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Thank you for visiting the new website my good friend, Adam Lien, and I have been working on diligently for the last couple of months. For me, it’s more or less a rite of last passage. It’s been a long and very strange life immersed deeply in the love of music and the guitar. I never made a lot of money at it, had some huge, crushing disappointments, but sure got to meet and make wonderful music with a large number of great musicians.


I retired from my audio position at NDSU in the fall of 2018--failing health issues have just been insurmountable--and this new site is an attempt to chronicle as much of my life’s recorded musical output as possible in these final years. Please enjoy and contact me directly with questions and for information.

B.M. (1988) Moorhead State University (Minnesota)

M.A. (1994) Moorhead State University (Minnesota)

                    MSU is now known as MSUM - Minnesota State University Moorhead

There are basically three large categories of musical experience documented here:

1) 1967 - 1983

    1983 - 1995 


2) 1984 - 2020

3) 1995 - 2011 

My years as a progressive rock musician in the bands, WhiteWing, Asia,

and Solomon Kane (w/ demo material presented here for the first time).

My years teaching electric guitar at Moorhead State University in Moorhead, Minnesota, including many of the NDPBS video shows the Faculty Rock Trio and I did there.

My years of studying, performing, and teaching classical guitar at Moorhead State, Concordia College, and North Dakota State University.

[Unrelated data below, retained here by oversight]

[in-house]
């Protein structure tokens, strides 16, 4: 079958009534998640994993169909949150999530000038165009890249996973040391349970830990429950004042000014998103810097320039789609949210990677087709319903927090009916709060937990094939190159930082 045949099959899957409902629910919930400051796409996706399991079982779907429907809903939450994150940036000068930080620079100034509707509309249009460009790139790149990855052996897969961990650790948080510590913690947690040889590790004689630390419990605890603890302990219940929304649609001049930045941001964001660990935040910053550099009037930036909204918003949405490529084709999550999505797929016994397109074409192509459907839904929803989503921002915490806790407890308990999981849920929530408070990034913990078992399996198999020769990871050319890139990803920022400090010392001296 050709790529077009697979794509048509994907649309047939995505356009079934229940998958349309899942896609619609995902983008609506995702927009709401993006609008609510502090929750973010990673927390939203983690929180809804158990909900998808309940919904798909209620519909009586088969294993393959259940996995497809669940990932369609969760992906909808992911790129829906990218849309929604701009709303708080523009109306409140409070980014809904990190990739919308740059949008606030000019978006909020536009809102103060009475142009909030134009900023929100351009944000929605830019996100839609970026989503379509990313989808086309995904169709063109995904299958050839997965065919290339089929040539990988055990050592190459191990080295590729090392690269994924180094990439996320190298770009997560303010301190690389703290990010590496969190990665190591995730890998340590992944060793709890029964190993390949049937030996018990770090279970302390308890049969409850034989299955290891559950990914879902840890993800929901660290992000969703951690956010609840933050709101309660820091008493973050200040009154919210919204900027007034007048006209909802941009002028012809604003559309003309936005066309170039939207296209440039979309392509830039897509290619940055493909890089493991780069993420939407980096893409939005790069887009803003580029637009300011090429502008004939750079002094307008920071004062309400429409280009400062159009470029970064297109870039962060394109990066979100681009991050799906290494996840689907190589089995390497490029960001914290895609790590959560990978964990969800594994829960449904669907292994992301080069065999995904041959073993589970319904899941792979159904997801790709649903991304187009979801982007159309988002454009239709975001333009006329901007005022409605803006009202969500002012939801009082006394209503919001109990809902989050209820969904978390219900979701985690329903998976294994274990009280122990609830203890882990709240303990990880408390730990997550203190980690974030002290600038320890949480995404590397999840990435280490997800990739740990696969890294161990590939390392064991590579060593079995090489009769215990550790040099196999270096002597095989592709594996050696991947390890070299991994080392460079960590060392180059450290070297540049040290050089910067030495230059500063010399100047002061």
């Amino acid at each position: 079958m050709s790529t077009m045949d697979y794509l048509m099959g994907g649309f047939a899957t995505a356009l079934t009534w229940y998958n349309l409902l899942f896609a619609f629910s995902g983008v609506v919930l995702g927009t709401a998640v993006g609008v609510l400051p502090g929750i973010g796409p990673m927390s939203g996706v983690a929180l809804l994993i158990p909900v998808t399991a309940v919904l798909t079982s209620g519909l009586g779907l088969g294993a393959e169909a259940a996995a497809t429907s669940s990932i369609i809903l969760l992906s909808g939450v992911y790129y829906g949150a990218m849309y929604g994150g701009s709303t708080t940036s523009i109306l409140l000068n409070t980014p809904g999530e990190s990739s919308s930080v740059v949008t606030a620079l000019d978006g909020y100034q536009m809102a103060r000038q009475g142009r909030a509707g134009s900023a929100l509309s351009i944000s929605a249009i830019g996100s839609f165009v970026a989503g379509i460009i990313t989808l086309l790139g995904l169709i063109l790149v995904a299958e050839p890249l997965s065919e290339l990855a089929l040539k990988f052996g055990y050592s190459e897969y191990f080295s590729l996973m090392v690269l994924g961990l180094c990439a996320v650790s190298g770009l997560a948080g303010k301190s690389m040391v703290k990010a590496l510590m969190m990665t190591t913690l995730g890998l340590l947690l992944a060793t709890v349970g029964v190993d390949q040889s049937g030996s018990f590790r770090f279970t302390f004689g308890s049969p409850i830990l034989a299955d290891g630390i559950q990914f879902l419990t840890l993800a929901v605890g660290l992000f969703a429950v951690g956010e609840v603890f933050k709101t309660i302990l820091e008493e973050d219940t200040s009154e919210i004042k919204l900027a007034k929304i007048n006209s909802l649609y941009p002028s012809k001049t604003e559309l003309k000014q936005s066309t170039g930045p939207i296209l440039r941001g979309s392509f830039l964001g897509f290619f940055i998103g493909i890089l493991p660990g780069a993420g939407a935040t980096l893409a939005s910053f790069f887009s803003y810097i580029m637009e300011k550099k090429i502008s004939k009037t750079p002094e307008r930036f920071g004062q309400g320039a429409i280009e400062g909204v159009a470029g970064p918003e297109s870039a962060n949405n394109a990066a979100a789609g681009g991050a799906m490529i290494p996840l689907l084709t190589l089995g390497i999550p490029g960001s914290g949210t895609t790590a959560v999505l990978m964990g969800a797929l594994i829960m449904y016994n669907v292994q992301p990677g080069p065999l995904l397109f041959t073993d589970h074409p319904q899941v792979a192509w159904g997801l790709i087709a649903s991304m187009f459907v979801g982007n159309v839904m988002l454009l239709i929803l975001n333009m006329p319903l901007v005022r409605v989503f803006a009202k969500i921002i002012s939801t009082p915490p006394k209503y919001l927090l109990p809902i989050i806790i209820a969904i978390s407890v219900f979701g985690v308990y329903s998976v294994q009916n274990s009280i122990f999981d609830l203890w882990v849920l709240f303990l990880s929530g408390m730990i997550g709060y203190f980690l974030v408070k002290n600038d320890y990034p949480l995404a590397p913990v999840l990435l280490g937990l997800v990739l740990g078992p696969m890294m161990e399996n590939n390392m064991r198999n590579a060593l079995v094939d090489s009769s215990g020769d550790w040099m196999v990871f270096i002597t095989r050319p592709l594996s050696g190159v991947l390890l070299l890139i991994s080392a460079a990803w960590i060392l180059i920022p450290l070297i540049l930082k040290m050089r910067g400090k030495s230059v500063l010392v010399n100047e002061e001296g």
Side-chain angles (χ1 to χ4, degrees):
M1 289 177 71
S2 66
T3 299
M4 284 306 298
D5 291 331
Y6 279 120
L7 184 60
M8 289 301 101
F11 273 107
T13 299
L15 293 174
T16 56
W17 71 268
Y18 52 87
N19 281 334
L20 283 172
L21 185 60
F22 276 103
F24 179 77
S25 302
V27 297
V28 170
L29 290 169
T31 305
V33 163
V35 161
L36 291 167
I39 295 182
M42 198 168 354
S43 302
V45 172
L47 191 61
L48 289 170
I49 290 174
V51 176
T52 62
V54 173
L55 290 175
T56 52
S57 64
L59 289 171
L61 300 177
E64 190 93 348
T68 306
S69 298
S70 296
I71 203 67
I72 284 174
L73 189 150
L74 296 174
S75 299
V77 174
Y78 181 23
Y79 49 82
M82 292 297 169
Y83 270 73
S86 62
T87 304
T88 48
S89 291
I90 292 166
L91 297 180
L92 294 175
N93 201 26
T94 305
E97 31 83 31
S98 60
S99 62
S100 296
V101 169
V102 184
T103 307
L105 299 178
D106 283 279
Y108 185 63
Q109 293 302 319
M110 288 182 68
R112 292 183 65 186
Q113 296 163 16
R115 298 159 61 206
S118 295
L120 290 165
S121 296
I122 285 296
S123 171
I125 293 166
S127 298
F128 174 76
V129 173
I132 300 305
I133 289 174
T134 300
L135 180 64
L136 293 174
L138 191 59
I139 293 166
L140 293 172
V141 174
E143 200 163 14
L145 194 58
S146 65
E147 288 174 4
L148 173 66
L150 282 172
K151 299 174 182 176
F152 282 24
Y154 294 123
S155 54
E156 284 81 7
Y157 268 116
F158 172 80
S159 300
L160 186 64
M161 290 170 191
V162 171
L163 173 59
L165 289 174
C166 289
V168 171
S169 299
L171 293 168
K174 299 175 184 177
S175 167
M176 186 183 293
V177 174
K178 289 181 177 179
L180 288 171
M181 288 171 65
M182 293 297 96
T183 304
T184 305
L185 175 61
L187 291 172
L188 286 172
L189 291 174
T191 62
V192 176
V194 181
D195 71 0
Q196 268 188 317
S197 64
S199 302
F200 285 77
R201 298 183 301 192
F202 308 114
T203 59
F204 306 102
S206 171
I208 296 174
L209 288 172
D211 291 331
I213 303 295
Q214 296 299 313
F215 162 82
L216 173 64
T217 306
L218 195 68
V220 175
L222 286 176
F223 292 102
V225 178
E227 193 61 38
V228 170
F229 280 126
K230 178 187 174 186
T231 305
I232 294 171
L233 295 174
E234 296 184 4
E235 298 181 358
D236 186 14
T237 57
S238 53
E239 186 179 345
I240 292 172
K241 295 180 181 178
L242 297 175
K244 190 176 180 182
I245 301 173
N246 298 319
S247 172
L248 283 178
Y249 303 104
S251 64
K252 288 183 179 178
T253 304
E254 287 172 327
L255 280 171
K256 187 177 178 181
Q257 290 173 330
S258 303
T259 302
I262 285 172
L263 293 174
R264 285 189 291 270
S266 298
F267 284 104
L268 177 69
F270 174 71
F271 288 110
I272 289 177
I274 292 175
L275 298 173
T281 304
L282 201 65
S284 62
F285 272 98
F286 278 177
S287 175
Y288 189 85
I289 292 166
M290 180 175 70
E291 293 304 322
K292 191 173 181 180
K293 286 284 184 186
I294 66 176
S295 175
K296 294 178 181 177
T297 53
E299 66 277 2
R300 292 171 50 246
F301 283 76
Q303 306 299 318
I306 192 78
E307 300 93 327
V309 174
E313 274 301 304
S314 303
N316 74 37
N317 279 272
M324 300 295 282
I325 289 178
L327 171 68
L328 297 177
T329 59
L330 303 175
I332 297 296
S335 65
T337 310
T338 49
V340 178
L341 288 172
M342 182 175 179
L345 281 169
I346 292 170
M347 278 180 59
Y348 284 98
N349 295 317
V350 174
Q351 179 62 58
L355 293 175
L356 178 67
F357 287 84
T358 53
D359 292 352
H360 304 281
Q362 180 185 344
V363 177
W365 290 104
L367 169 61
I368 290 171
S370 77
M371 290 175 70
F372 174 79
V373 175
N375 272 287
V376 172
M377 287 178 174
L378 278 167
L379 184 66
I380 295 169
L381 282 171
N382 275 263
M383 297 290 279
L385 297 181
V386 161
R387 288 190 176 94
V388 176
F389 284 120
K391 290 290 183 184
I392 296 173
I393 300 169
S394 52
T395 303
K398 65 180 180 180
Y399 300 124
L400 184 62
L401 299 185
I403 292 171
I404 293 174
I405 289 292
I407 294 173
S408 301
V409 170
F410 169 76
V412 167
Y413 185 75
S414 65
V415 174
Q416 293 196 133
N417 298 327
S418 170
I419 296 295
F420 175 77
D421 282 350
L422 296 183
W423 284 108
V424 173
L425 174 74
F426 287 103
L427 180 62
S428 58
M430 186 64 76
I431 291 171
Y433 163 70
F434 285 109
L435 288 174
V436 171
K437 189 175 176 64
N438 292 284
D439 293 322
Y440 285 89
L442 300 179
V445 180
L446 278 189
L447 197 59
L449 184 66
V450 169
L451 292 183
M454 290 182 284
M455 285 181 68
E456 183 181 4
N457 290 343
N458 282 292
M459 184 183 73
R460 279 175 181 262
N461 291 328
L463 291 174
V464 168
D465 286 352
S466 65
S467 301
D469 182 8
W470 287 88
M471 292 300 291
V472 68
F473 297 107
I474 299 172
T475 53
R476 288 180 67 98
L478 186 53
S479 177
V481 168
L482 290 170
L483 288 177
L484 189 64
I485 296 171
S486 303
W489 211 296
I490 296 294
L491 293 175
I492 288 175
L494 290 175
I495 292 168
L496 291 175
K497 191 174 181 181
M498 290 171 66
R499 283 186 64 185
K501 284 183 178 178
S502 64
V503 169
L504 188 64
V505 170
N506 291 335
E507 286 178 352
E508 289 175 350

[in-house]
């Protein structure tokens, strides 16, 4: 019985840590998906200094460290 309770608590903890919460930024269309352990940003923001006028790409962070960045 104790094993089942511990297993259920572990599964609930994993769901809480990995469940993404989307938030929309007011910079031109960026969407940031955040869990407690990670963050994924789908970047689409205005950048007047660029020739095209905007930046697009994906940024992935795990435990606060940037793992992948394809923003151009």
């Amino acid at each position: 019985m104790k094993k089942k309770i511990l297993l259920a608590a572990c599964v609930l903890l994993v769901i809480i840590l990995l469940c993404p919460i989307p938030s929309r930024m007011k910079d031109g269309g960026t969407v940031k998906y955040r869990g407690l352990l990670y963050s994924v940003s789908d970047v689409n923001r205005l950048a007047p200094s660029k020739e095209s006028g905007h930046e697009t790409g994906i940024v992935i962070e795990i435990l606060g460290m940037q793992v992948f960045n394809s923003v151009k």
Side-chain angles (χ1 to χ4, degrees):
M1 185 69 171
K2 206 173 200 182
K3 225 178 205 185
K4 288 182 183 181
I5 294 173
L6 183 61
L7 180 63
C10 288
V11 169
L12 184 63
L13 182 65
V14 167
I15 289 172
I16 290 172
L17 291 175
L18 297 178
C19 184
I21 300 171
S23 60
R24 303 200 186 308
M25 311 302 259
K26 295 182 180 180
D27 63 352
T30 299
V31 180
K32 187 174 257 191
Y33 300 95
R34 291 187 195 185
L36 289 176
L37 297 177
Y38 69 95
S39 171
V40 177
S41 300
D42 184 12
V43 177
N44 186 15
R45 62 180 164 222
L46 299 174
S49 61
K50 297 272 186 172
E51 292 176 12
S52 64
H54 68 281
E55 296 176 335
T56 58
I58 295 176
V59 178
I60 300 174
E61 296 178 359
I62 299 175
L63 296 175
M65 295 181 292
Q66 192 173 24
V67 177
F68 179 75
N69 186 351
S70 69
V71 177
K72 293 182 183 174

My years of producing recordings for Barking Dog Records and Raptor Studios
(including most of my classical guitar projects), and acting as principal sound engineer for organizations like the Fargo-Moorhead Symphony Orchestra.
--My passion for audio production grew out of a natural urge to more fully control my own recorded materials, but this quickly spread to many, many musical genres.--

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I understand that the diversity of material here is extreme, but I can assure the reader that work in the assorted areas was equally concentrated and intense. My classical guitar instructor at the University of Minnesota once commented that he had never heard a guitarist that could play both classical guitar and rock music so convincingly. Most musicians will find something of interest/curiosity here.

The one common denominator to all these seemingly disparate elements was my initial (i.e., naive!) philosophical concept that great rock music was the natural evolution of 19th/20th c. classical music. And, more fundamentally, that music is the most direct conduit to The Divine.

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